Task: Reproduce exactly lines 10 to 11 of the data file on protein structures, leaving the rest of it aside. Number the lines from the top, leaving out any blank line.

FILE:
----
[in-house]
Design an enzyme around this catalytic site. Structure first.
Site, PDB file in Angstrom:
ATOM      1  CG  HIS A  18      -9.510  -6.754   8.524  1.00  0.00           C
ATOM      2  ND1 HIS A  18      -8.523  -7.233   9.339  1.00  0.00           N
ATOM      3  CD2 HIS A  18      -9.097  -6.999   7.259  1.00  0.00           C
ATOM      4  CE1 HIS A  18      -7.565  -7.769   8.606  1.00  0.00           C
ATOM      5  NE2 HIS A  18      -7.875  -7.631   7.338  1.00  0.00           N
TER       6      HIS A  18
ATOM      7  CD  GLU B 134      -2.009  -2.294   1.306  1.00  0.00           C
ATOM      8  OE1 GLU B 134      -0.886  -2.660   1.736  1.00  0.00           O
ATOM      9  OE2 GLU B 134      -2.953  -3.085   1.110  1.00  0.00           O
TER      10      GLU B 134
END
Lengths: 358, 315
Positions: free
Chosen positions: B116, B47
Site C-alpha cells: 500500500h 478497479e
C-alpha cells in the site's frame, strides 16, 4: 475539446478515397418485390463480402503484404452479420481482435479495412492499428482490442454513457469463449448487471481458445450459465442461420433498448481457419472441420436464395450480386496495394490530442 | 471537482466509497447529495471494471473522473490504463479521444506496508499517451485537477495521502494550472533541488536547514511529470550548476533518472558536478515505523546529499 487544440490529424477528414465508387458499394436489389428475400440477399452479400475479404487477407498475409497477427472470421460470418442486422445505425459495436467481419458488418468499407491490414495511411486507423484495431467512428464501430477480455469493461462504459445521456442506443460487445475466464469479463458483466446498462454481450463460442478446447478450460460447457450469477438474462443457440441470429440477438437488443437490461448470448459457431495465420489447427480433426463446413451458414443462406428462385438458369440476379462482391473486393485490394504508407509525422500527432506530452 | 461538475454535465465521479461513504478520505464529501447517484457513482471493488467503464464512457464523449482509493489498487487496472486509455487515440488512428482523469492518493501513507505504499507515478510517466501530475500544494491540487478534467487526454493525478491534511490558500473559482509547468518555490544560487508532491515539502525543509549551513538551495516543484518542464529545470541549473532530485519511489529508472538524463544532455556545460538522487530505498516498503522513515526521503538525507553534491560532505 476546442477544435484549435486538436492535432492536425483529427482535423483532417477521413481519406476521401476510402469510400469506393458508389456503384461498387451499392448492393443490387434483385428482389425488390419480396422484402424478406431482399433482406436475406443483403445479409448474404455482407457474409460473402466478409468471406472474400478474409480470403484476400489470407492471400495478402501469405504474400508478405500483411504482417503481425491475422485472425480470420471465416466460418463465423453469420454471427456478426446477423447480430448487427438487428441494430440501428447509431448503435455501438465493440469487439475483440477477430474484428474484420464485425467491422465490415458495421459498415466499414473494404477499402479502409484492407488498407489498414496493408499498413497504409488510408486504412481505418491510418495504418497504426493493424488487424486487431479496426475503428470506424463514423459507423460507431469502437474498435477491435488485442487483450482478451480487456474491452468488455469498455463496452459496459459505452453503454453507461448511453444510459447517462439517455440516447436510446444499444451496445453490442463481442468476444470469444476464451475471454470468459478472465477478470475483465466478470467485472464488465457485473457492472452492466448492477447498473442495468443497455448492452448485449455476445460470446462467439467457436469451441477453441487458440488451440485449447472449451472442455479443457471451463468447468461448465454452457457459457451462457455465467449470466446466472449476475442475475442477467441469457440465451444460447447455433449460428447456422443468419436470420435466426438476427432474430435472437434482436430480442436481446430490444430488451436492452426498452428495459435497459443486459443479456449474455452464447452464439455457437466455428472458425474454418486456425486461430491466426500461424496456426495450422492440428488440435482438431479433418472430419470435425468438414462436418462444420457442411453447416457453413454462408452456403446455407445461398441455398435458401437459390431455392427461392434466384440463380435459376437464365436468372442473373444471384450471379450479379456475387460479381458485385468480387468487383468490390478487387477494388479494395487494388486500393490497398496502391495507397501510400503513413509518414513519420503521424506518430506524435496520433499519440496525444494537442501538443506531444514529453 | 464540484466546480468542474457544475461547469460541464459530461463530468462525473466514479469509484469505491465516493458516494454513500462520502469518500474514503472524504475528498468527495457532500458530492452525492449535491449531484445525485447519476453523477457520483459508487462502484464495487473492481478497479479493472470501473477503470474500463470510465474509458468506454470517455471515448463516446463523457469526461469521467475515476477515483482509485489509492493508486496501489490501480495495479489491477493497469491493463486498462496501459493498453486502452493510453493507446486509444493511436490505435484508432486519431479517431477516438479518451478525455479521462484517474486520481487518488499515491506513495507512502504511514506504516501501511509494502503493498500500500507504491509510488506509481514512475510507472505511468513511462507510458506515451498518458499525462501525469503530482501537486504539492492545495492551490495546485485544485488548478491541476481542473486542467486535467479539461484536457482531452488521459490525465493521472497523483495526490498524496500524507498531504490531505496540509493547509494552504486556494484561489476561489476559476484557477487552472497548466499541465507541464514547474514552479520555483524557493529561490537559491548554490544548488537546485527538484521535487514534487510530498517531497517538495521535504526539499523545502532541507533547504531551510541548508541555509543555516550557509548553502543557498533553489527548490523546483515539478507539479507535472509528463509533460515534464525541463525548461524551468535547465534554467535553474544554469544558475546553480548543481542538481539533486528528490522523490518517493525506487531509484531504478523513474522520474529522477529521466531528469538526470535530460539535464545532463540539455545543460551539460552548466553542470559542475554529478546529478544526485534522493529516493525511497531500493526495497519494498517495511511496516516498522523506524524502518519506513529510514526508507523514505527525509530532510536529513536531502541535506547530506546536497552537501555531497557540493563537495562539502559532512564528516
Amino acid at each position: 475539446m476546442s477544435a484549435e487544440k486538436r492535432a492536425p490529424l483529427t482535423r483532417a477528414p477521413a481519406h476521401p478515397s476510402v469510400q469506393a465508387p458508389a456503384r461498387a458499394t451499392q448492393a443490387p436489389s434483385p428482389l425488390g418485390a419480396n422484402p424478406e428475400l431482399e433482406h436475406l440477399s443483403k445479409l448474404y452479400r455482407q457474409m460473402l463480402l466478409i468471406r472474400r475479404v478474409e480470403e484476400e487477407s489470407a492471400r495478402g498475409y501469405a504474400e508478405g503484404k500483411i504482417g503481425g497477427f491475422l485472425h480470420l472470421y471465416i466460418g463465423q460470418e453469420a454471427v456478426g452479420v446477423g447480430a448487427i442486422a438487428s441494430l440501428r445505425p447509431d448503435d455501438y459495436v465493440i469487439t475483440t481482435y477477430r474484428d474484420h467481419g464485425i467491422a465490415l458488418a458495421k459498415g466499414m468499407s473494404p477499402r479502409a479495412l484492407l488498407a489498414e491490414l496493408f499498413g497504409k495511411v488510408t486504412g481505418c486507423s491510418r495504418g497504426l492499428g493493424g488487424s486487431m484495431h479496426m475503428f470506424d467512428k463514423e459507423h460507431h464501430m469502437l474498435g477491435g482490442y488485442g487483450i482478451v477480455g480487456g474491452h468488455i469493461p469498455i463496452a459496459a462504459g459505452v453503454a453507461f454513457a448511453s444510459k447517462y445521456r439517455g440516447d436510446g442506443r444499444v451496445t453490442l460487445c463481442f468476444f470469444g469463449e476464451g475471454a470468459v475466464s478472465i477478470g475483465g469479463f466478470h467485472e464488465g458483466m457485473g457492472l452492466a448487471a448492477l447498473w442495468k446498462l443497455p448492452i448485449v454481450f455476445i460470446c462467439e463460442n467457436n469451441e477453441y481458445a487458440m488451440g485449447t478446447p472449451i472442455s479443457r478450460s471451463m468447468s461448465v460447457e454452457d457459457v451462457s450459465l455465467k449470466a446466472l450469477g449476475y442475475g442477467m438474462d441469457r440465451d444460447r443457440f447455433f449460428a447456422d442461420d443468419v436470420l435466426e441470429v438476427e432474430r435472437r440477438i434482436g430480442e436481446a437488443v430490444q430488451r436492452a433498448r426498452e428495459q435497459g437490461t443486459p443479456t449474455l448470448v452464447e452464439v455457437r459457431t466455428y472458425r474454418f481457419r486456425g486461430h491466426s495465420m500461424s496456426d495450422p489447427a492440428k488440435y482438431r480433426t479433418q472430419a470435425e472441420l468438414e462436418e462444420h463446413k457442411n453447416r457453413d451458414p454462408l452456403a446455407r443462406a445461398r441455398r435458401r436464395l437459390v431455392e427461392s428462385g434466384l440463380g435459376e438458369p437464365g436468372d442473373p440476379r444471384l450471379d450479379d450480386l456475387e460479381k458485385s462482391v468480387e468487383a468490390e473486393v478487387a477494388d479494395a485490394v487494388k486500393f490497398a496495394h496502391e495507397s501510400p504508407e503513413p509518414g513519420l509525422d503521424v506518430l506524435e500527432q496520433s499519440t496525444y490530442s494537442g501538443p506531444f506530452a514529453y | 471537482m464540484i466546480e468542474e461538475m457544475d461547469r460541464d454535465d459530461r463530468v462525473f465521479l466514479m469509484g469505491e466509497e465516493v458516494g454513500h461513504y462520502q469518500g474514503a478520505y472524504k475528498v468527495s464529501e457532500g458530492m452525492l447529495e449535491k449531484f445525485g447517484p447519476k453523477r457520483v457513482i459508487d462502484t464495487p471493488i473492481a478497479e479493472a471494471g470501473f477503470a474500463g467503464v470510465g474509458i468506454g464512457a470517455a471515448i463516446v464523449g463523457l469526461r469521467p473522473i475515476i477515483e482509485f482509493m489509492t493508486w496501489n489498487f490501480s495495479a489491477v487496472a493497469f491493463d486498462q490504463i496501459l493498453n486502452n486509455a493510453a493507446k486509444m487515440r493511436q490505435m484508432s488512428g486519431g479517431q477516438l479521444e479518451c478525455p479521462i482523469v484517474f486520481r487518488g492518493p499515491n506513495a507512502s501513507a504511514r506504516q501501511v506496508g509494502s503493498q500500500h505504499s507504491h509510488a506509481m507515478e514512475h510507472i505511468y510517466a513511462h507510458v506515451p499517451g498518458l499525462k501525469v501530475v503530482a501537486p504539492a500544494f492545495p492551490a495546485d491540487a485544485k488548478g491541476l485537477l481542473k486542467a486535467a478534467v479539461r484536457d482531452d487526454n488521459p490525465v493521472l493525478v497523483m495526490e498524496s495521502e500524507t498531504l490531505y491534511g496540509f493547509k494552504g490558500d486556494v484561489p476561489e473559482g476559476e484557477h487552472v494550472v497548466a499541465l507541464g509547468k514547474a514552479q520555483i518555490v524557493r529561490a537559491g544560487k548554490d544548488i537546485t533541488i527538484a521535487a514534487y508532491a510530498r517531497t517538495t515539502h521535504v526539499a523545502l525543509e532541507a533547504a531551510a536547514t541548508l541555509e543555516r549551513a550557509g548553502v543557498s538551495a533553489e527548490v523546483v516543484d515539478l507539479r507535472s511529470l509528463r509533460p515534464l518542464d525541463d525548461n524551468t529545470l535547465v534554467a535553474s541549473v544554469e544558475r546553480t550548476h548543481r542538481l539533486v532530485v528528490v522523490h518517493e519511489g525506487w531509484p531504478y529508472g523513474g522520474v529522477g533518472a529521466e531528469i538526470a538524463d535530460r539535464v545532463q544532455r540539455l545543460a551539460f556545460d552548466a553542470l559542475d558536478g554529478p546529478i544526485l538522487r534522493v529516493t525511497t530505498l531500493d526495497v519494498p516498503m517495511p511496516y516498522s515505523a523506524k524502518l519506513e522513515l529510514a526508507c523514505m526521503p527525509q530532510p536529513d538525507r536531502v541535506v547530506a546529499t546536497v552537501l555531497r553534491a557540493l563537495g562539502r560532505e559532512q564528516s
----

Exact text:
ATOM      7  CD  GLU B 134      -2.009  -2.294   1.306  1.00  0.00           C
ATOM      8  OE1 GLU B 134      -0.886  -2.660   1.736  1.00  0.00           O